Ships powered by algae and planes flying on weeds: that's part of the future the U.S. Navy hopes to bring to fruition. This week, the seagoing branch of the military purchased 40,000 gallons of jet fuel derived from camelina—a weedy relative of canola—and 20,055 gallons of algae-derived diesellike fuel for ships.

"The intent is for these fuels to be drop-in replacements," although initially they will be blended with their conventional counterparts, says Jeanne Binder, research and development program manager at the Defense Energy Support Center (DESC), the U.S. Department of Defense's combat logistics support agency. "The test results will bear that out."

As the renewable fuels are delivered in increasing batches in coming months, the Navy will begin lab testing them. The Navy hopes to put the biofuels in active planes and ships in 2010 and 2011, respectively, according to Billy Ray Brown, spokesman for the U.S. Naval Air Warfare Center Aircraft Division. "The three goals are fuel security, something that is renewable, and that we can produce and provide for ourselves to reduce our reliance on foreign sources of oil. It [also] has to be cost-effective. Then, obviously, the environmental benefits that could potentially derive from that."

The first green plane? An F/A-18 Super Hornet, or "green" Hornet, which is tentatively scheduled to take to the skies with a blend of conventional and bio-based jet fuel in tests next summer. The first biofueled ship has yet to be selected, Brown says.

As it stands, the Navy uses at least seven different types of petroleum-based fuel and burns nearly 35 million barrels per year. The challenge will be finding biofuels that can work in the many different types of aircraft, ships, engines, boilers and turbines employed by the fighting force. "We're at the very beginning. It's going to be seven, 10, 15 years" before this is in widespread use, Brown says. "We have to be very meticulous in what we're doing."

Particularly, the Navy is trying to be meticulous about the sources of its alternative fuels, mandating those that do not compete with food, like ethanol from corn does. Algae, although used in the nutraceutical industry, is not considered a food crop and camelina can be used as a rotation crop with wheat. "What we're doing is giving [the farmer] an economic alternative to having the ground sit fallow," says Scott Johnson, president and general manager of Sustainable Oils, the camelina biofuel supplier.

Sustainable Oils, which also breeds the camelina seeds it then contracts with the farmer to grow, planted about 8,000 acres this year, the bulk in Montana, which should yield roughly 400,000 gallons of the unrefined oil, Johnson says. That camelina oil was then trucked to a pilot refinery run by UOP, LLC, in Bayport, Tex., which turned it into the jet biofuel or other petroleum-based product required. The first jet biofuel will be delivered on September 15 and a UOP-sponsored assessment shows that camelina jet biofuel reduces carbon emissions by 80 percent compared with conventional kerosene.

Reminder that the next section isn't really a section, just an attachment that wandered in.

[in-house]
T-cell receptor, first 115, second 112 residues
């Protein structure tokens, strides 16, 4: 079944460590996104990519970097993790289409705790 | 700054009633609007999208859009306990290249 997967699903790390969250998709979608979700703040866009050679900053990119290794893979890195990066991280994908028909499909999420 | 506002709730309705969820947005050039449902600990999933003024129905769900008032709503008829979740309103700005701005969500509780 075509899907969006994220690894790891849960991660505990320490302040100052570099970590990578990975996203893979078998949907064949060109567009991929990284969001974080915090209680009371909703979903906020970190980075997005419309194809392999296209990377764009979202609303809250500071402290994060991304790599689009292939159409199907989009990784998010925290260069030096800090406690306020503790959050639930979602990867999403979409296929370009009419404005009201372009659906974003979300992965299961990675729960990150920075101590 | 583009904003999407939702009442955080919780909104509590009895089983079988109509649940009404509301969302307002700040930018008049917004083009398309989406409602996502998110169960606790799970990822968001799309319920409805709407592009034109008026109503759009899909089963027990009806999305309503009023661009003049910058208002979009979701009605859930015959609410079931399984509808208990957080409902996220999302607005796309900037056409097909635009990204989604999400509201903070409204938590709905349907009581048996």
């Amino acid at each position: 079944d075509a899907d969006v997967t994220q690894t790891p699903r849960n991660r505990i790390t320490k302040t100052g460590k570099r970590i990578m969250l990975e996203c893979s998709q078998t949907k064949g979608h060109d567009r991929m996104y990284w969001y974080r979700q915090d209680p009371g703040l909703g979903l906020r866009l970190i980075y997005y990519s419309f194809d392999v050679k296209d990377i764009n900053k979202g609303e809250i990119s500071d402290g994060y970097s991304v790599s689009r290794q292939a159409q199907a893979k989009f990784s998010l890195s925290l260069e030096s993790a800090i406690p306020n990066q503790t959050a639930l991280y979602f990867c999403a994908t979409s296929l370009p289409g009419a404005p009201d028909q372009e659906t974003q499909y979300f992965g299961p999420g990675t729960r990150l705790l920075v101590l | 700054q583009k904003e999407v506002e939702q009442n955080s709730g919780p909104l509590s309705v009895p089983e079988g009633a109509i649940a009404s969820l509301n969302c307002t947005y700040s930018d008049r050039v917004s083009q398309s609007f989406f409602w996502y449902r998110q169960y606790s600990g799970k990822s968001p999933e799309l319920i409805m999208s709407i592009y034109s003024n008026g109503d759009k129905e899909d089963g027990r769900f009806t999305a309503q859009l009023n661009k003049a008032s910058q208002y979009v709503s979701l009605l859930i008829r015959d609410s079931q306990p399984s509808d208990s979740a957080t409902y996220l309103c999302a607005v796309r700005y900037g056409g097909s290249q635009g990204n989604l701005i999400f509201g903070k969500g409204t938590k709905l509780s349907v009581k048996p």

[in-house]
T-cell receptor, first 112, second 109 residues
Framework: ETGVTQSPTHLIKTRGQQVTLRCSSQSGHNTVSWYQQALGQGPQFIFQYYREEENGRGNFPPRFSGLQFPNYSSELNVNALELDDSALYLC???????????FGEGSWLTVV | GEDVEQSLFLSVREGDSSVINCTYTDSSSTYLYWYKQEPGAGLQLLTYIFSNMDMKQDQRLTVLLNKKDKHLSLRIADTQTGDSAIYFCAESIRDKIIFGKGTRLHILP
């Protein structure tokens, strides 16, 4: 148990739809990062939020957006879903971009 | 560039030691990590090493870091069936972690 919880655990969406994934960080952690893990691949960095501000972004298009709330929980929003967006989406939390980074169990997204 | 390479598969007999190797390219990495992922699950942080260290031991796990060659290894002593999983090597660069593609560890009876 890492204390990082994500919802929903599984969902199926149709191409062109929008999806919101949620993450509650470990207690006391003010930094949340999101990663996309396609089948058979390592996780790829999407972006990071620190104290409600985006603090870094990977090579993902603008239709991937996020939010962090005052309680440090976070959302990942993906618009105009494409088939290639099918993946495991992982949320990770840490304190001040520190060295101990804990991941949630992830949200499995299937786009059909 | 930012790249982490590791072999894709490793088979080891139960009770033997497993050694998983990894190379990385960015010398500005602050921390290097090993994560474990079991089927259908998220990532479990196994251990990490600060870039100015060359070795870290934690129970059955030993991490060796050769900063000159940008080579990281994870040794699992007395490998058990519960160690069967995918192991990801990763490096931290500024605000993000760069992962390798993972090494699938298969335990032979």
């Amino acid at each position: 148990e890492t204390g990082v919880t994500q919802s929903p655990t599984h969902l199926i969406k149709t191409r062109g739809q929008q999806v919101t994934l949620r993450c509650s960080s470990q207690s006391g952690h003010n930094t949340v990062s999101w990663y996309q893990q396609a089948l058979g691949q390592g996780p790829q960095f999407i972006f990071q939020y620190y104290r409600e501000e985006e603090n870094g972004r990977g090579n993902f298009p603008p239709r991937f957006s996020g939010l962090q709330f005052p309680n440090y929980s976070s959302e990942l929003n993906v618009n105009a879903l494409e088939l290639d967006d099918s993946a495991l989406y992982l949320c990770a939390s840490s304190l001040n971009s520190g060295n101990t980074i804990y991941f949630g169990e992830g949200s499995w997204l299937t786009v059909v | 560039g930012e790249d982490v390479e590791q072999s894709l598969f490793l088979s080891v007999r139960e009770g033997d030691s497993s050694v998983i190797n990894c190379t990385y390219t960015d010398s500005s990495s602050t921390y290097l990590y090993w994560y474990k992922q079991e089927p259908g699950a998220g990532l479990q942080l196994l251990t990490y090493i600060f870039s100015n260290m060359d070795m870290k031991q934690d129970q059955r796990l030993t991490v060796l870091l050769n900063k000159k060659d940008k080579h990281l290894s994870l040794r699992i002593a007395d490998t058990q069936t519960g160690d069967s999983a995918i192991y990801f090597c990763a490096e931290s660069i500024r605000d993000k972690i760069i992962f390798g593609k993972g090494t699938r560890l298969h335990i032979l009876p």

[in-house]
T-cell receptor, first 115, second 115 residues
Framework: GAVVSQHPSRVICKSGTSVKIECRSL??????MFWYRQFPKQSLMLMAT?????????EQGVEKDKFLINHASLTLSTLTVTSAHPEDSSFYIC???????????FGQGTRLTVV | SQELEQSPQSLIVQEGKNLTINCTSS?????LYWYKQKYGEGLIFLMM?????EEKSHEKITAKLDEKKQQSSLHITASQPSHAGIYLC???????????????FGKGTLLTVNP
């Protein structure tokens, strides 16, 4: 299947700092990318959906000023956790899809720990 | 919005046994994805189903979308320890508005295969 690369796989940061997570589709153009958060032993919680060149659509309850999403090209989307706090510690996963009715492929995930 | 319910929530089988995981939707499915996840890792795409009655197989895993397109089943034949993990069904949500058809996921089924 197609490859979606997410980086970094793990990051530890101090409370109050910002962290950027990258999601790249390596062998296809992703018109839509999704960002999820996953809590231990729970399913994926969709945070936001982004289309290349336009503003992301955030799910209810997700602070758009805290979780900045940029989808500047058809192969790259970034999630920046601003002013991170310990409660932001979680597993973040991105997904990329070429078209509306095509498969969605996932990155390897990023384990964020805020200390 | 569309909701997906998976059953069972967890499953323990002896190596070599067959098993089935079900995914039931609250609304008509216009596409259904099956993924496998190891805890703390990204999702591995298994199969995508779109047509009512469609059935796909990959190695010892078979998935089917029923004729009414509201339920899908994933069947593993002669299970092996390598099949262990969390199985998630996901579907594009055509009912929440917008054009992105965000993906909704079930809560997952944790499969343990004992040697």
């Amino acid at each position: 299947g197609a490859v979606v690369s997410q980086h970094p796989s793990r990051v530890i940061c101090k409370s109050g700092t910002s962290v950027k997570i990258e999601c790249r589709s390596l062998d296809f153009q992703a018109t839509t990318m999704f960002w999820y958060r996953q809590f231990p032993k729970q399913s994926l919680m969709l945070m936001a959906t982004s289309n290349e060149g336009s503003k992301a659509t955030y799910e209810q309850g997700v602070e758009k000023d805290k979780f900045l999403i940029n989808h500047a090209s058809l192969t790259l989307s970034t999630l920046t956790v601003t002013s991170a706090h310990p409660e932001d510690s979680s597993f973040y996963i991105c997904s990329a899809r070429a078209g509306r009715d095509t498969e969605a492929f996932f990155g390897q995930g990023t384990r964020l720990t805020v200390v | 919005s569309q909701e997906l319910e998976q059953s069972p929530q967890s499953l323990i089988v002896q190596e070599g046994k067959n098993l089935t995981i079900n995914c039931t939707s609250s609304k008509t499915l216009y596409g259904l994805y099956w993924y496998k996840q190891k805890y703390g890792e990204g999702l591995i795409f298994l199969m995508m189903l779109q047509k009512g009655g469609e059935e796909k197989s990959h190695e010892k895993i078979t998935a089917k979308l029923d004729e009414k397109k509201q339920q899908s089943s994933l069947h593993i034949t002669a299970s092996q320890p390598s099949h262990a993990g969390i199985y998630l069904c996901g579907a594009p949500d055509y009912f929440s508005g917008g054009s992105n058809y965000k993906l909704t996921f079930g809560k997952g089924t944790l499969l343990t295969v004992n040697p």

The U.S. government will pay $2.7 million for the 40,000 gallons of jet biofuel from camelina, or $67.50 per gallon, although that price includes some research and development, DESC cautions. "The Navy is asking for quantities that are not commercial quantities," Johnson explains. "So the process involved is a batch process and some of the costs that are involved are very expensive to set up."

The company also sells the meal left over after crushing the camelina oil seeds as a U.S. Food and Drug Administration–approved feed for broiler chickens. "We expect to grow close to 50,000 acres in Montana next year," Johnson says, as well as add more approved uses of the leftover meal.

The algae-derived fuel for use in ships will be grown by Solazyme, a San Francisco–based start-up that grows its algae on sugar in the dark. The company leases fermenters, such as those used by the pharmaceutical industry to produce insulin, along with other existing industrial infrastructure to create batches of its product, although it declined to specify where it would produce this particular bio-oil. Nor will it reveal its refining partner.

If Solazyme succeeds, it will be the first biofuel company to actually produce algal oil from its own algae and deliver it. Sapphire Energy, a competitor, had supplied jet biofuel to the first commercial flight powered in part by the tiny aquatic plants but had purchased the bio-oil from Cyanotech Corp., which grows algae for the nutritional market.

The U.S. government will pay $8.5 million for the contracted 20,055 gallons of algal fuel from Solazyme, the bulk of which must be supplied within a year. That would be nearly $424 per gallon but "applying price per gallon to that contract would not be a very fair assessment," says DESC's Binder, because of the much greater research and development investment needed to make algae-based fuel a reality.

Ultimately, the Navy is looking for as many fuels as possible, ranging from nuclear to biofuels—even seawater, which could be transformed into jet fuel by energy-intensive chemistry. And the Navy is not alone. The Defense Advanced Research Projects Agency has spent $35 million to sponsor research into oil from algae and the Air Force is also looking for cleaner ways to fly and fight. Additional biofuel contracts pending with DESC should be awarded by mid-September. That's for "up to 400,000 gallons of renewable jet fuel" for the Air Force, says DESC's Frank Pane, director of energy plans and programs. This "is a start of our ability to support [the U.S. military] as they look at alternative fuels or renewables for their future energy needs."